The first seven seconds in which you meet somebody, according to science, is when you’ll make a first impression! Therefore your interview outfit is key. Within the workplace, there is such a variety in what people wear to work, have a look at social media or YouTube to see what the dress code is, what are their employee’s wearing to ensure you aren’t overdressed or to give you a guide on what to wear.

If you are unsure what the dress code is….ask.

Dressing professionally will help your skills, achievements and personality to shine through, dress for how you want to feel and portray yourself in your interview. Ensure that your outfit is comfortable, nothing can detract more from your answers if you are having to adjust your clothes!




Research your route the night before ensuring you leave plenty of time in case of any delay. If you are relying on public transport research different options just in case of unforeseen circumstances. Always look at the worst-case scenario. Regardless of what time you arrive don’t report to reception until 10 minutes before your interview time.




Before you set off write down the company address, contact number, interview time and name and title of your interviewer just in case!

It’s always a good idea to take extra copies of your CV or portfolio in case the interviewer brings a colleague in to the meeting. Having this to hand will show your organisational skills.




Most recruitment processes will include the hiring manager and a representative from HR.

An interview with the hiring manager will generally focus on the technical aspect of the job, and the discussions will focus on relevant experience, skills and achievements.

An Interview with the HR Manager will be about how you would fit in with the company culture, this is a perfect chance to show what you have learnt about the company and how your values match theirs.




Unconscious bias can be defined as an assumption about different types of people and it is the tendency, we all have to favour those who share the same characteristics, as well as those we consider to be charming and attractive. However, don’t be discouraged, there are many ways to ensure an interviewer doesn’t apply their unconscious biases to you.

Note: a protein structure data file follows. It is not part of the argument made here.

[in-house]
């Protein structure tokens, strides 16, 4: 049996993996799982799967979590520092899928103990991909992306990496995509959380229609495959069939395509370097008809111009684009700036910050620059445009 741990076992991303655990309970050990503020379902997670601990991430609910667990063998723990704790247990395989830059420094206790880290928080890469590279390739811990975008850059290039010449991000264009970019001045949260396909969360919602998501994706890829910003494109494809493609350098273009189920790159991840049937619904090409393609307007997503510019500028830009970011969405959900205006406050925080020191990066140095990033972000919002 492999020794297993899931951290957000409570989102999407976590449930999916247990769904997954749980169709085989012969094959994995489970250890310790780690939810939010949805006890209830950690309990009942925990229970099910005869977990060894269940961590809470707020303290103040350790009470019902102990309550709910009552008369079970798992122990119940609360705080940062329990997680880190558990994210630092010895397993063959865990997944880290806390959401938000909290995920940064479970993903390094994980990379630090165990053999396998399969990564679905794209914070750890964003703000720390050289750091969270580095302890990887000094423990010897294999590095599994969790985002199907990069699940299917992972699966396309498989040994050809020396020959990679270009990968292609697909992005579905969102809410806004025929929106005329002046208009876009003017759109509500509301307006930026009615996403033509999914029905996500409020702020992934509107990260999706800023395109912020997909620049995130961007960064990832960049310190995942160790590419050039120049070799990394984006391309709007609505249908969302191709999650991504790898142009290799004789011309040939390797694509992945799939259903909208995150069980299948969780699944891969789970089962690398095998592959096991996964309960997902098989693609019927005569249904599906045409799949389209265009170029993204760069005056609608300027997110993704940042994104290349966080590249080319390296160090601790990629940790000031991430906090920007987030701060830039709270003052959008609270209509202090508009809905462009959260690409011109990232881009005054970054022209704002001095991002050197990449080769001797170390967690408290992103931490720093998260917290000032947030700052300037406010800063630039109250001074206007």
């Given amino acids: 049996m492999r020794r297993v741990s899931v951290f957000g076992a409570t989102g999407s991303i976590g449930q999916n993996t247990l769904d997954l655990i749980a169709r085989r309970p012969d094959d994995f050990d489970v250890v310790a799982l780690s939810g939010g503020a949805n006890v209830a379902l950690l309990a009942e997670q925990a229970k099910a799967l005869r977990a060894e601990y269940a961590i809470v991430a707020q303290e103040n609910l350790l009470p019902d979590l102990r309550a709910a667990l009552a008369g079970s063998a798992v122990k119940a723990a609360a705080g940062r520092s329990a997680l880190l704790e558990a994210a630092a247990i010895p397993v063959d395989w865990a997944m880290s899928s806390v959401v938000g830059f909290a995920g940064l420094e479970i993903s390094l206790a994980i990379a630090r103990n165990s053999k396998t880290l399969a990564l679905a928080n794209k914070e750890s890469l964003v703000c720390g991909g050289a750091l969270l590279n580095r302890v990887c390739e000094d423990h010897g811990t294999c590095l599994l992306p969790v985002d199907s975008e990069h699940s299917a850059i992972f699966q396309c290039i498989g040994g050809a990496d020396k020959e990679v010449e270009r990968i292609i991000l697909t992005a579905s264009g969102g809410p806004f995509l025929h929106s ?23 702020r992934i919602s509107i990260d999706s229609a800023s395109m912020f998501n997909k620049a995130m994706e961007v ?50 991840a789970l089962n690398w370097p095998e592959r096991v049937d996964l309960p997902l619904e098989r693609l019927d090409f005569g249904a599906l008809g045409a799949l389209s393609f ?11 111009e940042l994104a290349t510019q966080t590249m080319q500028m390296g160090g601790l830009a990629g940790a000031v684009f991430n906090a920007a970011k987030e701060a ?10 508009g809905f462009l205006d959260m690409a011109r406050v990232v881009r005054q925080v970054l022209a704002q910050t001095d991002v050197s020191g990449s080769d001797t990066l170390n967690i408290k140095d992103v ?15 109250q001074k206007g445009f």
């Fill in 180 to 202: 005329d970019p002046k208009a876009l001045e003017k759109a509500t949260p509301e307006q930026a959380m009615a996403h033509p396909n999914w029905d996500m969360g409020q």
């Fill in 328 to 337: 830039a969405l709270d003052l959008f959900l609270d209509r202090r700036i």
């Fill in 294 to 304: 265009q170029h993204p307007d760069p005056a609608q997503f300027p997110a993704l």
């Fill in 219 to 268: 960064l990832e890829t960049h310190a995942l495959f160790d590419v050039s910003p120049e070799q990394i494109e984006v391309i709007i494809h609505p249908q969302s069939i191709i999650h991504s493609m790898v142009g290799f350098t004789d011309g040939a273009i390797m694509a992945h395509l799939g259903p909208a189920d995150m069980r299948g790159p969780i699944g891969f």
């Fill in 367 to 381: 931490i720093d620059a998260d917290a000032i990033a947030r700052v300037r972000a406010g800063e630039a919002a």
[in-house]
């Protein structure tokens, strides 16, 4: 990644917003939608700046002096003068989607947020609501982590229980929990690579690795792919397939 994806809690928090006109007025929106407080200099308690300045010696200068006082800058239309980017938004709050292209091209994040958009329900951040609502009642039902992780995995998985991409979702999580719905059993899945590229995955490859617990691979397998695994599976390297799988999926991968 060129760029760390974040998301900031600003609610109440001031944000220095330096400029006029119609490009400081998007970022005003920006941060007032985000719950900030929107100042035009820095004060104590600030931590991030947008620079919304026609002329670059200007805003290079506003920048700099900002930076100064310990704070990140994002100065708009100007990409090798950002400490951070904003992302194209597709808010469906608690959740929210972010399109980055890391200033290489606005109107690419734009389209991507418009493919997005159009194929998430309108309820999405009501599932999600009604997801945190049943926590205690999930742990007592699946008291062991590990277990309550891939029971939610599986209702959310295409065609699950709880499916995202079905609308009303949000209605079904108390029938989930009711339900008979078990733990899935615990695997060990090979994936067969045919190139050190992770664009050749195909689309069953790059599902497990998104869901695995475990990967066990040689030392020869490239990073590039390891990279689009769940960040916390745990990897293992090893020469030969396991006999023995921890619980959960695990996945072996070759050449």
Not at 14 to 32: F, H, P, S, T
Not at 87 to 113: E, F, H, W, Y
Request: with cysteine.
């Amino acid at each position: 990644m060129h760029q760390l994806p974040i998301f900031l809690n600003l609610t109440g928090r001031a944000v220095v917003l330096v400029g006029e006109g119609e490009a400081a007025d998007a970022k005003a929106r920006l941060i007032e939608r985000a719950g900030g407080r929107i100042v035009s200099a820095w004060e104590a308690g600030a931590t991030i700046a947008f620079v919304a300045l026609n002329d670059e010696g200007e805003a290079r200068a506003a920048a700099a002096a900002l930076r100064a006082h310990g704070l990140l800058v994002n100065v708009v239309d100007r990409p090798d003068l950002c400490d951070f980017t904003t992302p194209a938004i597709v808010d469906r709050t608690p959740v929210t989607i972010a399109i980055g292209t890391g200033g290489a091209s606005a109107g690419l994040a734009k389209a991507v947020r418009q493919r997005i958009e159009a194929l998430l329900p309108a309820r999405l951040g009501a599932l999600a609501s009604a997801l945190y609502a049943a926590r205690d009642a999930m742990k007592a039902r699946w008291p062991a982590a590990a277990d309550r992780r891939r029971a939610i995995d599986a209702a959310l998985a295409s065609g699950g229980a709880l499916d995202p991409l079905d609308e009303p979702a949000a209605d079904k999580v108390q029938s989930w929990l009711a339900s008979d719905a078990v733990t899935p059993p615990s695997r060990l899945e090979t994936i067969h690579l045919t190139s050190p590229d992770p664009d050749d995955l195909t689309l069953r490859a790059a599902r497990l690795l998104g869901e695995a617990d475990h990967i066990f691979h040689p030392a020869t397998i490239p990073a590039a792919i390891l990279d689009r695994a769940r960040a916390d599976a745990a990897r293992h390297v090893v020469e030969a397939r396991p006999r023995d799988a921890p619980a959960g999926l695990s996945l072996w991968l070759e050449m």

Mirror speech and behaviours – Knowing that we tend to favour those who act like us, it’s a good idea to match the way you speak and behave in an interview with your interviewer. For example, if they speak very formally, then you should do the same.

Address the bias – Don’t be afraid to mention a particular bias you faced in a previous role and how you overcame it. For example, your age may have led people to overlook you for promotion, so talk about what you did to address this. However, be careful not to insinuate that the interviewer is biased against you.

Build rapport – Look for opportunities to form a personal connection with the interviewer. This can often be done when you talk about your hobbies and interests, or when making small talk. If you notice something sparks their interest, then delve deeper into this topic. You can also ask them what they like about working at the company to learn more about their motivations and find a point of potential connection.

Contact Us.

For CV advice or advice on any aspect of the job application process, please contact one of our friendly team at King Recruit on 01392 790725.